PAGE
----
Shared ServiceContract Library
I had what I thought was a simple plan, create a server side (WCF) sln and a client side sln then from both of them reference the same BusinessObject (Biz) library and ServiceContract library.
What I wanted to do was use svcutil.exe to generate the client side implementation of the contract for me, so when any of the service contracts changed all I had to do was run a batch file which basically ran svcutil.
So when you do a ‘right click, add service reference’, tick the box to re-use the Biz and ServiceContract libraries, what happens is the Biz objects are not generated (good, that was expected) but the contracts ARE still generated (am I missing a simple check box somewhere??).
I don’t want the contracts to be generated as it means I now have two versions of the same contract.
If you use svcutil.exe to generated the metadata and then the proxy code, by providing a few of the right switches you get the same result as ‘add service reference’. Ok good, now that I’m using the cmd line utility I will now have the power to tailor the generated code to my exact measures….not quite. Unless I’m missing somethings obvious (which is likely I’ll admit) there is not any switch to tell svcutil to NOT generate the ServiceContracts. Yes I am using the /r: switch to provide the assembly that contains the contracts…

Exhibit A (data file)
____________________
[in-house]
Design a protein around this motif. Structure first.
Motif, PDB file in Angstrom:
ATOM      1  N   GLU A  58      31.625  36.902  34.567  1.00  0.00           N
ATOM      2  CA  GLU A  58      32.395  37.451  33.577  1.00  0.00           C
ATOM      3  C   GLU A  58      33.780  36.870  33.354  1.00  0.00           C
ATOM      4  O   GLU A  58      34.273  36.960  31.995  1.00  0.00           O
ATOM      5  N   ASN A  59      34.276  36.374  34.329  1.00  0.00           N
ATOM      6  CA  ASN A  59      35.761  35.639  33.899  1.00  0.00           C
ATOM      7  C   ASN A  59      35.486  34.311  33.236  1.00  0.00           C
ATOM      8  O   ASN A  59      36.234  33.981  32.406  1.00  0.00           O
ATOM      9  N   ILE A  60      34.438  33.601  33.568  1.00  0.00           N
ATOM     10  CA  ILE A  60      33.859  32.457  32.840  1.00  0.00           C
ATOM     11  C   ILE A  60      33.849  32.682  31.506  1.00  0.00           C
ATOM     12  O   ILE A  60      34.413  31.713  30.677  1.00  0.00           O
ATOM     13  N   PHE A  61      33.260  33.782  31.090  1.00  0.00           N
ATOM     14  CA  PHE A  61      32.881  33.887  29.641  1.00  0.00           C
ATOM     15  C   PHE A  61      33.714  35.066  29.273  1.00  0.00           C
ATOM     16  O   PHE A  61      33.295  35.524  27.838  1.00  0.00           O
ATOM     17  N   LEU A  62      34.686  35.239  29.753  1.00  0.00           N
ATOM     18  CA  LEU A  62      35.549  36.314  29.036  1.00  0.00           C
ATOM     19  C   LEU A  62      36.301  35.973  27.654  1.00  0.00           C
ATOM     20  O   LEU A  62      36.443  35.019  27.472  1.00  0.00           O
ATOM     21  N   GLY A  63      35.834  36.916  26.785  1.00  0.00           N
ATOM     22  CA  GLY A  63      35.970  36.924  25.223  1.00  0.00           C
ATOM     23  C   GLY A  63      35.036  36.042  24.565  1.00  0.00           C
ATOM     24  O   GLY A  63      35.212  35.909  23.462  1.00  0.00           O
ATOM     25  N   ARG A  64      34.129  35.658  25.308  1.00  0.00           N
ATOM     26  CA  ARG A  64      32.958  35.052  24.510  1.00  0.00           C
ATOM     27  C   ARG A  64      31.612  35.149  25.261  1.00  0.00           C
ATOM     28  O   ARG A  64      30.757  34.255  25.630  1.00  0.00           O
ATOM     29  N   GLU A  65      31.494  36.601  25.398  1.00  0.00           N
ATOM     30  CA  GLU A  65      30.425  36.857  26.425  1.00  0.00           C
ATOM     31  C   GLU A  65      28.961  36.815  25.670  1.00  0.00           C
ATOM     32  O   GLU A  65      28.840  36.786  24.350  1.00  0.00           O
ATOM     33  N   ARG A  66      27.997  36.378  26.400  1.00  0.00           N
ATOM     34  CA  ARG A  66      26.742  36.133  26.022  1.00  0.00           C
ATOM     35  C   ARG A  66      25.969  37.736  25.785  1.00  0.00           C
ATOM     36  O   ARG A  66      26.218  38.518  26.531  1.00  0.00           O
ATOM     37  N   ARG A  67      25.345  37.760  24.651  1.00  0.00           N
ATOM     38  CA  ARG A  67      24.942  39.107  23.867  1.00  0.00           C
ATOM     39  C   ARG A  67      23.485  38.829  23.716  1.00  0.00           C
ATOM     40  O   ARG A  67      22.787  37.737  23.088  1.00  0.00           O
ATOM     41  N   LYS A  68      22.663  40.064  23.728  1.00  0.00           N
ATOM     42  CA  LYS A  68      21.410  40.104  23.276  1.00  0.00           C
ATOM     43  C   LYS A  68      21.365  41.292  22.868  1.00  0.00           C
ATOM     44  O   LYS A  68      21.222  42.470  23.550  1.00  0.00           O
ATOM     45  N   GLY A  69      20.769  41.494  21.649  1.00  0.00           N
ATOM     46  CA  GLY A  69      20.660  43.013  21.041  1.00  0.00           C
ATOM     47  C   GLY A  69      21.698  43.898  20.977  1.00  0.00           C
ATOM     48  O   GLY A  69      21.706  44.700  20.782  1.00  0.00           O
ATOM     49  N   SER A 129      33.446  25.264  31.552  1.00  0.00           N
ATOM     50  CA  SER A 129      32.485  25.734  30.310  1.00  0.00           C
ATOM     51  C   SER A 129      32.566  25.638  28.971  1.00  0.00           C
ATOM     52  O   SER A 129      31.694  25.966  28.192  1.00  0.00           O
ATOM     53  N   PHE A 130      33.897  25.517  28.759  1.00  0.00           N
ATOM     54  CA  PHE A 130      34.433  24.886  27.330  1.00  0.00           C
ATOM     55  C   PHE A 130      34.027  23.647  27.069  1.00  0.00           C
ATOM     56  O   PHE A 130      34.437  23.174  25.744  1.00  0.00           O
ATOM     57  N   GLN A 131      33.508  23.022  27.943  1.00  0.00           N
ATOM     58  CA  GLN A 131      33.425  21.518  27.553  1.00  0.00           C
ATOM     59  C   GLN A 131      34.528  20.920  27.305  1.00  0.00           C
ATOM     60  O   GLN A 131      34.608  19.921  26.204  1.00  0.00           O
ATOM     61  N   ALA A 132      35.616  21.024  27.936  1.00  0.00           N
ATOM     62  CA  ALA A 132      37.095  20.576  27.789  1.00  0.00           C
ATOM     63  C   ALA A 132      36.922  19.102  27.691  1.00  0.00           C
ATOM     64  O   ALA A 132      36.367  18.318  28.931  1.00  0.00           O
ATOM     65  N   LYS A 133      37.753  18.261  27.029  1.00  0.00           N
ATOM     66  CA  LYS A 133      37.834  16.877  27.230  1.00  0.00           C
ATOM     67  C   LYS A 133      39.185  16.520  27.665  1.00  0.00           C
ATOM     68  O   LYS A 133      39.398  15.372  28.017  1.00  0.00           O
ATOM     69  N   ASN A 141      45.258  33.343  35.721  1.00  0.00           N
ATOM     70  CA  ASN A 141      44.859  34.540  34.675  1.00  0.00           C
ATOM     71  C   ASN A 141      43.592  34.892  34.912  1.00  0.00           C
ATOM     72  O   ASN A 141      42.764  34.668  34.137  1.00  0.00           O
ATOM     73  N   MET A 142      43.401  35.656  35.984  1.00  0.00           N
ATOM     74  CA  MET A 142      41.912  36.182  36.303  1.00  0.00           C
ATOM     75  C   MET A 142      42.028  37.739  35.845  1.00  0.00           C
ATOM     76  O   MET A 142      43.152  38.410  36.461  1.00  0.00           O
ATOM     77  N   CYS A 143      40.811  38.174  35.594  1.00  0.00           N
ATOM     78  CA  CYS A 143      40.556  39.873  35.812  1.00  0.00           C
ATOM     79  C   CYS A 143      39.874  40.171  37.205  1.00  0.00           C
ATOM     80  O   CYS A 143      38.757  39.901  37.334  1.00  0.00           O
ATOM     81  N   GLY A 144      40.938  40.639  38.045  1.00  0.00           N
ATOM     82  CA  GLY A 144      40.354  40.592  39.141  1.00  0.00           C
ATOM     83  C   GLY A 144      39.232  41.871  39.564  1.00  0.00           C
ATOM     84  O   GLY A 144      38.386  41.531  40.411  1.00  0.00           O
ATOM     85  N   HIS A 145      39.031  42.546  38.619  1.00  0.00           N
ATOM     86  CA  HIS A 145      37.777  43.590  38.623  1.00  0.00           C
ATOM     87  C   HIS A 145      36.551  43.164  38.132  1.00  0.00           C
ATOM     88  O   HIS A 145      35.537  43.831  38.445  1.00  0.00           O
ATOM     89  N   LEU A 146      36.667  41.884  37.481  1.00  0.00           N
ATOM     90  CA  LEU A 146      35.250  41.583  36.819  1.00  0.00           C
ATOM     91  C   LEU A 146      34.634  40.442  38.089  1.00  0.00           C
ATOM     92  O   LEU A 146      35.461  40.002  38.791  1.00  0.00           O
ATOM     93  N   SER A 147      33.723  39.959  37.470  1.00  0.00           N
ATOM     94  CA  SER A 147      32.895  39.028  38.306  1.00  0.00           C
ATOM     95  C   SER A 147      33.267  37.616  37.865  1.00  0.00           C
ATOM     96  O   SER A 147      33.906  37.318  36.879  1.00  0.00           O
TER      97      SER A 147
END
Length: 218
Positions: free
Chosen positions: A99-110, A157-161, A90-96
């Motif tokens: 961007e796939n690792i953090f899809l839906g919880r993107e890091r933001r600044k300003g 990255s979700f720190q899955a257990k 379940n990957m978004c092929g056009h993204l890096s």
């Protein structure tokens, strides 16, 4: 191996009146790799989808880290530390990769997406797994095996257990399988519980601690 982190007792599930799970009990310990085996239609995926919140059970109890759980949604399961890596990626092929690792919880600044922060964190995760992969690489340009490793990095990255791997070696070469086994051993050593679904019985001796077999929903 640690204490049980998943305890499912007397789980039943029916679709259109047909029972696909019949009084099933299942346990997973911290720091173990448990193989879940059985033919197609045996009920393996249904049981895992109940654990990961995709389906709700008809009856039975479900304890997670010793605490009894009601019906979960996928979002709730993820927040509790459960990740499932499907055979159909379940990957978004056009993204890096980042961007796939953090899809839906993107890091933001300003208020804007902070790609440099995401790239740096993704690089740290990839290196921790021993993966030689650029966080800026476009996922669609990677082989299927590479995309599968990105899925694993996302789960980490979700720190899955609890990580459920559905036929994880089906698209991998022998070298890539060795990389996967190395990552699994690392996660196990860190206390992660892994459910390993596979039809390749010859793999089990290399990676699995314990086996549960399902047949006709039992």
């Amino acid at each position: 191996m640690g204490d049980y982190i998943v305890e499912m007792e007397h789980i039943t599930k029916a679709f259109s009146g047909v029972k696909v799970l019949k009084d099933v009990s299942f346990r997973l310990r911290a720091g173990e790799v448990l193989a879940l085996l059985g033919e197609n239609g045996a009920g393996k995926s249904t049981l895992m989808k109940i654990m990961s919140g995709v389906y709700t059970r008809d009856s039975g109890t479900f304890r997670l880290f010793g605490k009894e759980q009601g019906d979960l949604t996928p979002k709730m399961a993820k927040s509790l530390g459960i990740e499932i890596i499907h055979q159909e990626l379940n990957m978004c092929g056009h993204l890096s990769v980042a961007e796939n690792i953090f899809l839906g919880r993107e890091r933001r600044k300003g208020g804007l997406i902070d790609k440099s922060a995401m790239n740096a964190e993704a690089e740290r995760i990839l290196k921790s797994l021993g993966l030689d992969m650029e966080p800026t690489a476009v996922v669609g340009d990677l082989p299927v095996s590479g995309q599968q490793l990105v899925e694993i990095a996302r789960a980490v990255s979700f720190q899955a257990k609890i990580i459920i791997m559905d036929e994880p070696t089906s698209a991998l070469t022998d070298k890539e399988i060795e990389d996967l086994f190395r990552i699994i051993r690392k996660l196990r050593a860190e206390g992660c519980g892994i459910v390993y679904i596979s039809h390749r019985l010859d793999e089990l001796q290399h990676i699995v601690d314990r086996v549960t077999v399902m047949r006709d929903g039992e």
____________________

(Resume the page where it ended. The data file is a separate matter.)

So I’m thinking, unless you are willing to accept and allow there to be two versions of your service contract (which actually is very common, anyone using VS right click, ‘add service reference’ will have this setup…thus the need to regularly update service reference) then really it is not possible to use svcutil.exe.
Well I hope to come back and update this in the near future with the approach we end up choosing. For now though, this post looks like a good ‘leg up’ and is certainly worth a read. I’ll be exploring that idea and a few others and report back….
Why go through the hassle, why not just use the old, ‘right click add service reference’? Well, every WCF ‘expert’ I know of says that approach is the beginners way of creating your WCF service proxies, either in their blogs or .net rocks episodes etc. It is certainly very quick but the generated code is overly verbose and as it is generated code you have less control over the way it works.